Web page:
‘Freaky’ is a safe yet creative horror-comedy: Review

Kathryn Newton and Vince Vaughn in 'Freaky'


Horror is a genre known for being a bit formulaic. That’s why even the simplest merging of premises, combined with a good execution can lead to a memorable payoff. That’s exactly what we get with ‘Freaky’ which blends Freaky Friday with Friday The 13th.

Freaky is a horror-comedy written by Christopher Landon and Staring Vince Vaughn and Kathryn Newton. Millie (Newton) is a tormented young high schooler, bullied at school and smothered by her overbearing mom since the death of her father. And on top of all this, she finds herself swapping bodies with a serial killer hot on her trail. Whilst Millie and her friends try to get her body back, the Blissfield Butcher proceeds with his killing spree, now armed with Millie’s appearance.

The premise of the movie is a great example of simple yet effective. While the slasher sub-genre of horror can certainly induce genuine fright, the endless years of Friday the 13th and Nightmare on Elm Street sequels have firmly rooted it in the camp section of the horror pantheon. Killers in cool masks butchering braindead victims in the most over-the-top violent way possible.

Freaky understands this and uses the almost slapstick nature of the genre to its advantage. The film has your standard teen horror trappings. All the classic slasher characters are here—the bully alpha girls, the dumb horny jocks, the douchey teachers—but within a comedic framing, these cliches feel a bit more interesting. They’re one-note and over the top intentionally for comedic effect which in turn makes their inevitable over-the-top deaths all the more humorous.

Alongside all the comedy, Freaky is still very much a horror movie and that means it also brings some good old fashion gore. The special effects are well done, giving a realistic sense of blood and dismemberment. The kills aren’t too frequent but have a gruesome sense of brutality and creativity. Hooks, chainsaws, and a cryotherapy tank are used to great effect.

Millie doesn’t stand out much as the main character and her story is one heard many times. She’s an insecure high school girl with a crush on a boy and wanting independence from her mother who’s been using her as a crutch since her father’s passing. She doesn’t have much meaningful development and isn’t too memorable among a sea of awkward high school girls.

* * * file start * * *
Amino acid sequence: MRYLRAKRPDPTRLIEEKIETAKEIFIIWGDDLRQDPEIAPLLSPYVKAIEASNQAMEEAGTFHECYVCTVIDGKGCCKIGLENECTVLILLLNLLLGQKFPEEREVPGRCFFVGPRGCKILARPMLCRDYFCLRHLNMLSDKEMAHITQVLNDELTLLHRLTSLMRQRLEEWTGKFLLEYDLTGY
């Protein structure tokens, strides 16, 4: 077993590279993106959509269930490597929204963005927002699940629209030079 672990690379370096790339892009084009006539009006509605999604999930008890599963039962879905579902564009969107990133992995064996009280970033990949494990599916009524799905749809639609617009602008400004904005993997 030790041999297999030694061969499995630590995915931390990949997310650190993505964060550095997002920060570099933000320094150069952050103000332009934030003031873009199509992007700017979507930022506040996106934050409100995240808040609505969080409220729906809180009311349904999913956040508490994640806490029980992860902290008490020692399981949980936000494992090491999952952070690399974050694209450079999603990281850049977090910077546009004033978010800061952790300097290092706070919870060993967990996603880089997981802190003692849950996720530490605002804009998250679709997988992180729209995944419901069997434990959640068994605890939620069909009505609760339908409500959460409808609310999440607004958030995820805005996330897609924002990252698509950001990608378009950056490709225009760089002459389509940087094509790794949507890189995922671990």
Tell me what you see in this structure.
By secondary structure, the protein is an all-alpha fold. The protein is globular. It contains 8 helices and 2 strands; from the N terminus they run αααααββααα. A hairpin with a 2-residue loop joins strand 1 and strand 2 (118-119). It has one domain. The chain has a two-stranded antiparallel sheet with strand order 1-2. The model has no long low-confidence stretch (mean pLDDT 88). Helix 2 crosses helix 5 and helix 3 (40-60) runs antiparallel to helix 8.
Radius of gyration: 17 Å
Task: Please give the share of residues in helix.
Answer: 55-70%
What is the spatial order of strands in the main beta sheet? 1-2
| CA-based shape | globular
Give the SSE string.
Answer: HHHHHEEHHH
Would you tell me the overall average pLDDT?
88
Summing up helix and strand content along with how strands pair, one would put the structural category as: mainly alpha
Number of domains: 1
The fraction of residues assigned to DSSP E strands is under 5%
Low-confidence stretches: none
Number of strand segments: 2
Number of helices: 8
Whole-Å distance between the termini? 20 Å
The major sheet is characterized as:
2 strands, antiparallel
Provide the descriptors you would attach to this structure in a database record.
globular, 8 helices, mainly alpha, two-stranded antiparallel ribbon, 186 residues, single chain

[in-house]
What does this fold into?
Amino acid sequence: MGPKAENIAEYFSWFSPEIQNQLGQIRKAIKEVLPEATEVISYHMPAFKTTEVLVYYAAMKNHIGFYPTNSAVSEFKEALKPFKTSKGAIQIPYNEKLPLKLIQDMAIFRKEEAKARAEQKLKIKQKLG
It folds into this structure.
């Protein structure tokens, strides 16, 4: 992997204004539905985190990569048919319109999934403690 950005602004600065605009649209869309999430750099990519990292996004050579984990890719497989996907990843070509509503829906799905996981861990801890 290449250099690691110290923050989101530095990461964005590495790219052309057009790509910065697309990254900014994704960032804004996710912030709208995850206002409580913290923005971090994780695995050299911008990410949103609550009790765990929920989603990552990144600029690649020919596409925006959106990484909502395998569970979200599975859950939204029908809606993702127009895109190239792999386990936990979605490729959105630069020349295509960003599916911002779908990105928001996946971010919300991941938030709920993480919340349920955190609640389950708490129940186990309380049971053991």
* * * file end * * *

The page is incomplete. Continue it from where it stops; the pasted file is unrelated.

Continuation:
You’re far more likely to remember Vaughn, acting as Mille in the butcher’s body. Both Vaughn and Newton do a fantastic jobbut in particular Vaughn’s portrayal of a high school girl trapped in a middle-aged man stands out as hilarious. Despite his low-pitched booming voice, he’s able to riddle each line with that familiar hint of teenage awkwardness and insecurity. He is easily the highlight of the film and is able to find a balance between the ridiculousness of the character and still being a convincing 17-year-old.

On the other hand, The Blissfield Butcher is a fun antagonist. While not having a mask or being mute, the character is quiet and intimidating leading to them being both an imposing threat but also quite funny when interacting with the rest of the cast, sometimes going between the two in one scene. Newton pulls this off incredibly, able to come off as the sadistic prowling predator against a person almost twice her height in Vaughn.

The body-swap humor between the two is used to good effect. It’s fun watching the butcher get used to being in the physically weaker body of a high school girl but also come to rely on new talents like using the persona to get victims to lower their guard. Likewise, watching the middle-aged teenager hide from the cops and having to flirt with her own teenage crush is the best kind of strangely funny.

There’s also Millie’s mother (Katie Finneran) and older sister (Dana Driori) who serve Millie’s emotional conflict. Having recently lost Millie’s father, the mother is now overbearing, wanting to spend a suffocating amount of time with her daughter. Her sister, a police officer, opposes this and tells Millie to stand up for herself more. They are both involved with the serial killer plot later on but neither is truly that interesting. They are acceptable as a part of our main character’s arc but can be fairly forgettable as people on their own.

Despite this Freaky is still a safe but creative flick. It’s not a grand deconstruction of the slasher genre and most of the genre standards remain intact. It does however have a unique premise and the humorous tinge adds a refreshing vibrancy to the film. Its two leads are entertaining and well-acted in both roles. They hold up the film and make for more memorable scenarios and interactions. Overall, if you’re a fan of the more campy, over-the-top side of the horror genre, this is an affectionate parody. It takes the genre’s more relatively light-hearted ideas and puts them into commendable blood-splattered comedy.

The Verdict

Freaky can be enjoyed for what it is. A light-hearted horror movie that plays with the ideas of its genre for comedic effect. If you’re a horror fan that’s looking for an old-fashioned slasher with some new tricks, this is one that will keep you satisfied.

Words By Alex Daud Briggs

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